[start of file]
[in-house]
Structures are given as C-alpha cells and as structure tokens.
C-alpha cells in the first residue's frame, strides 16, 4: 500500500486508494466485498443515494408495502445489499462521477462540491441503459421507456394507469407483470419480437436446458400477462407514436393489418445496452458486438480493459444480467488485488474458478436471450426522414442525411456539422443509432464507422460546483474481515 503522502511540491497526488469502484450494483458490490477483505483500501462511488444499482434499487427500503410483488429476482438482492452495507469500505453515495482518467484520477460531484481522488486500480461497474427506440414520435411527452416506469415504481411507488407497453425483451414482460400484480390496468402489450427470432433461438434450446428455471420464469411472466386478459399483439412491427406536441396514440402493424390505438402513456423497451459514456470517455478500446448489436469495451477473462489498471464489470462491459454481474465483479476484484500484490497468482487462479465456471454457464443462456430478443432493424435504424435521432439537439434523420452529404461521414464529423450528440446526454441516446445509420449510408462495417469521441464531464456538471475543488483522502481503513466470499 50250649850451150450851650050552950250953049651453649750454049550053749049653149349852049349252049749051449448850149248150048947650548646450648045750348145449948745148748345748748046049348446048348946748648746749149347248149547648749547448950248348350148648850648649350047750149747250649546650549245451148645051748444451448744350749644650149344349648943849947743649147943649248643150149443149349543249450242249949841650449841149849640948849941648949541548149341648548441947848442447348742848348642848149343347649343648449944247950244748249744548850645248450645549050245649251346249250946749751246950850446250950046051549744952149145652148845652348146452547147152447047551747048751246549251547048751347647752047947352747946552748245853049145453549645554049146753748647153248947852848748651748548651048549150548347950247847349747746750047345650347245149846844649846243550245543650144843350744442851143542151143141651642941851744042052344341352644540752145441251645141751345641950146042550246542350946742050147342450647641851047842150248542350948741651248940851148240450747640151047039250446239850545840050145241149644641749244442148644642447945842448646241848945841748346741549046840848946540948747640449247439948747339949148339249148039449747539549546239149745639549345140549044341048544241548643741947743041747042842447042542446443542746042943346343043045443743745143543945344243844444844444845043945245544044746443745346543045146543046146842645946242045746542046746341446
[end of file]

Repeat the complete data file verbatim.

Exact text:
[in-house]
Structures are given as C-alpha cells and as structure tokens.
C-alpha cells in the first residue's frame, strides 16, 4: 500500500486508494466485498443515494408495502445489499462521477462540491441503459421507456394507469407483470419480437436446458400477462407514436393489418445496452458486438480493459444480467488485488474458478436471450426522414442525411456539422443509432464507422460546483474481515 503522502511540491497526488469502484450494483458490490477483505483500501462511488444499482434499487427500503410483488429476482438482492452495507469500505453515495482518467484520477460531484481522488486500480461497474427506440414520435411527452416506469415504481411507488407497453425483451414482460400484480390496468402489450427470432433461438434450446428455471420464469411472466386478459399483439412491427406536441396514440402493424390505438402513456423497451459514456470517455478500446448489436469495451477473462489498471464489470462491459454481474465483479476484484500484490497468482487462479465456471454457464443462456430478443432493424435504424435521432439537439434523420452529404461521414464529423450528440446526454441516446445509420449510408462495417469521441464531464456538471475543488483522502481503513466470499 50250649850451150450851650050552950250953049651453649750454049550053749049653149349852049349252049749051449448850149248150048947650548646450648045750348145449948745148748345748748046049348446048348946748648746749149347248149547648749547448950248348350148648850648649350047750149747250649546650549245451148645051748444451448744350749644650149344349648943849947743649147943649248643150149443149349543249450242249949841650449841149849640948849941648949541548149341648548441947848442447348742848348642848149343347649343648449944247950244748249744548850645248450645549050245649251346249250946749751246950850446250950046051549744952149145652148845652348146452547147152447047551747048751246549251547048751347647752047947352747946552748245853049145453549645554049146753748647153248947852848748651748548651048549150548347950247847349747746750047345650347245149846844649846243550245543650144843350744442851143542151143141651642941851744042052344341352644540752145441251645141751345641950146042550246542350946742050147342450647641851047842150248542350948741651248940851148240450747640151047039250446239850545840050145241149644641749244442148644642447945842448646241848945841748346741549046840848946540948747640449247439948747339949148339249148039449747539549546239149745639549345140549044341048544241548643741947743041747042842447042542446443542746042943346343043045443743745143543945344243844444844444845043945245544044746443745346543045146543046146842645946242045746542046746341446